What’s a Comedy?
Comedy is an entertainment consisting of jokes intended to make an audience laugh. For ancient Greeks and Romans comedies were a stage-play with a happy ending. William Shakespeare wrote many comedies during his life, some of his comedies are:
- The Merchant of Venice
- Twelfth Night
- All’s Well That Ends Well
- The Tempest
- Taming of the Shrew
- The Winter’s Tale
- As You Like It
- Love’s Labours Lost
- A Midsummer Night’s Dream
- The Two Gentlemen of Verona
- The Merry Wives of Windsor
- Measure for Measure
- Much Ado About Nothing
- Prince of Tyre
- The Two Noble Kinsmen.
The main characteristics in Shakespeare’s Comedies are:
- A struggle of young lovers to overcome problems, often the result of the interference of their elders.
- There is some element of separation and reunification.
- Mistaken identities, often involving disguise.
- A clever servant.
- Family tensions that are usually resolved in the end.
- Complex, interwoven plot-lines.
- Frequent use of puns and other styles of comedy.
- They may involve some very dramatic storylines.
- They have a happy ending, often involving a marriage.
Types of Comedy
Court Comedy, written to be performed at the court of kings and queens.
Comedy of Characters is a play that focuses on the absurdities and eccentricities of the characters rather than plot development.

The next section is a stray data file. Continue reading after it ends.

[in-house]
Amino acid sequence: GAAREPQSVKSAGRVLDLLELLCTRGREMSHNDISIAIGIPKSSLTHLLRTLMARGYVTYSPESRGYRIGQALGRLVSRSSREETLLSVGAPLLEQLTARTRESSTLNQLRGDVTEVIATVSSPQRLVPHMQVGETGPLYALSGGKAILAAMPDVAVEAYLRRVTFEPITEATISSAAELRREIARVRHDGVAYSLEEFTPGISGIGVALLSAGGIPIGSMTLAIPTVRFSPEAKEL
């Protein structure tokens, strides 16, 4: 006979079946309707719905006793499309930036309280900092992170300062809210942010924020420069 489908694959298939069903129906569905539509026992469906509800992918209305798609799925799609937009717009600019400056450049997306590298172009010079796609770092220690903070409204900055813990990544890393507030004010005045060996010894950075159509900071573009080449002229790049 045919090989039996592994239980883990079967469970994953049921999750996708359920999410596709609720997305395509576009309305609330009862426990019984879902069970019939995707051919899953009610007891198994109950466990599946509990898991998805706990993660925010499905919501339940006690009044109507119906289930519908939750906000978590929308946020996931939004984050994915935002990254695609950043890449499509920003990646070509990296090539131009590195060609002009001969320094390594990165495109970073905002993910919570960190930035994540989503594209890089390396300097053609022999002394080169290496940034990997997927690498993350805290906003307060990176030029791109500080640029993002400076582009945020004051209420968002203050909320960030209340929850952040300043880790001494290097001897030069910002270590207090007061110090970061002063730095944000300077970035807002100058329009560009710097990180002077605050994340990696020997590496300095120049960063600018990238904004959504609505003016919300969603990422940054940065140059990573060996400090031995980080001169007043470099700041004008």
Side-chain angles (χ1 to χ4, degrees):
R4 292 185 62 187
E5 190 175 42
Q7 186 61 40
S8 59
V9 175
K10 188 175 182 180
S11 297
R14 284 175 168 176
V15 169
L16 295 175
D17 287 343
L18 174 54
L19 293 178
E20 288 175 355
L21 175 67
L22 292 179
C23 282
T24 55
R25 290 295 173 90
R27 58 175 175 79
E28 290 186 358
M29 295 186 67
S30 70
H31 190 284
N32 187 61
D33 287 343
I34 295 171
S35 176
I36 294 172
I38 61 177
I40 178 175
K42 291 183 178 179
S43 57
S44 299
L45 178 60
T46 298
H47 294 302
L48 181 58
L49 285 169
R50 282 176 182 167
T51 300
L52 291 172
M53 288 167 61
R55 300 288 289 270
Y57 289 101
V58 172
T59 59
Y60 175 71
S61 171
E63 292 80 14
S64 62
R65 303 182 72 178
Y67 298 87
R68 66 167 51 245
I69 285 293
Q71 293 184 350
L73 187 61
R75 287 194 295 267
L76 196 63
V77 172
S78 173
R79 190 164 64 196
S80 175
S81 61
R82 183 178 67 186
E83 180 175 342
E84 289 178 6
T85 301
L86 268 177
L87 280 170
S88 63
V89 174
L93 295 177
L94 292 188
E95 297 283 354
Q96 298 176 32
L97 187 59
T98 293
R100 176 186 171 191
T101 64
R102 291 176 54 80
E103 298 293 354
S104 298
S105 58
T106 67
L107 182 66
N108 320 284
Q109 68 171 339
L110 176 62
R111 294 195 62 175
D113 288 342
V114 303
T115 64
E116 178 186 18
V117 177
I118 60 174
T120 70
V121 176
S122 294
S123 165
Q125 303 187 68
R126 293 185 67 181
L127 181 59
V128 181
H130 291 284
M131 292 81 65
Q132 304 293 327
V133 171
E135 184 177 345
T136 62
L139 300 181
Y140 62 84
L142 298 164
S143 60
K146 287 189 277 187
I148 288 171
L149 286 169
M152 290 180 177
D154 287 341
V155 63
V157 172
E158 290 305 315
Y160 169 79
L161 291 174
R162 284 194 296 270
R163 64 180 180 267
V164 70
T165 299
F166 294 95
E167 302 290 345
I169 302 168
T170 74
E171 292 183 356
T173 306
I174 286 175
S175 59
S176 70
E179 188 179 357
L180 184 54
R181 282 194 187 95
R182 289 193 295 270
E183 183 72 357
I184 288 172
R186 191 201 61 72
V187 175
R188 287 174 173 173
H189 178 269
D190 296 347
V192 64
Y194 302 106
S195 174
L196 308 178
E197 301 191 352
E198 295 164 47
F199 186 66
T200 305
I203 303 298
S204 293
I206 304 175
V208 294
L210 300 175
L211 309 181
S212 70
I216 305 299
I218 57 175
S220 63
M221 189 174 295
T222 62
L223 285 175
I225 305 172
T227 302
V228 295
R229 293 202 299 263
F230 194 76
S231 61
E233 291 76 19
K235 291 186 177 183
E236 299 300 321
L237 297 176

Romantic Comedy involves love and romance
Farce is a comic dramatic work using buffoonery and horseplay and typically including crude characterization and ludicrously improbable situations
Satire is the use of humor, irony, exaggeration, or ridicule to expose and criticize people’s stupidity or vices, particularly in the context of contemporary politics and other topical issues.
Comedy of Morals highlights and condemns behaviour thatis considered socially unacceptable.
Black Comedy: Humour that makes fun of serious subject matter such as death and religion. Offensive to some, hilarious to others. Requires intelligent scripting.
Parody deliberately imitates another work for comic effect
High Comedy: a type of comedy characterized by witty dialogue, satire, biting humor, or criticism of life.
Low Comedy: a dramatic or literary form of entertainment with no primary purpose but to create laughter by boasting, boisterous jokes, drunkenness, scolding, fighting, buffoonery and other riotous activity.
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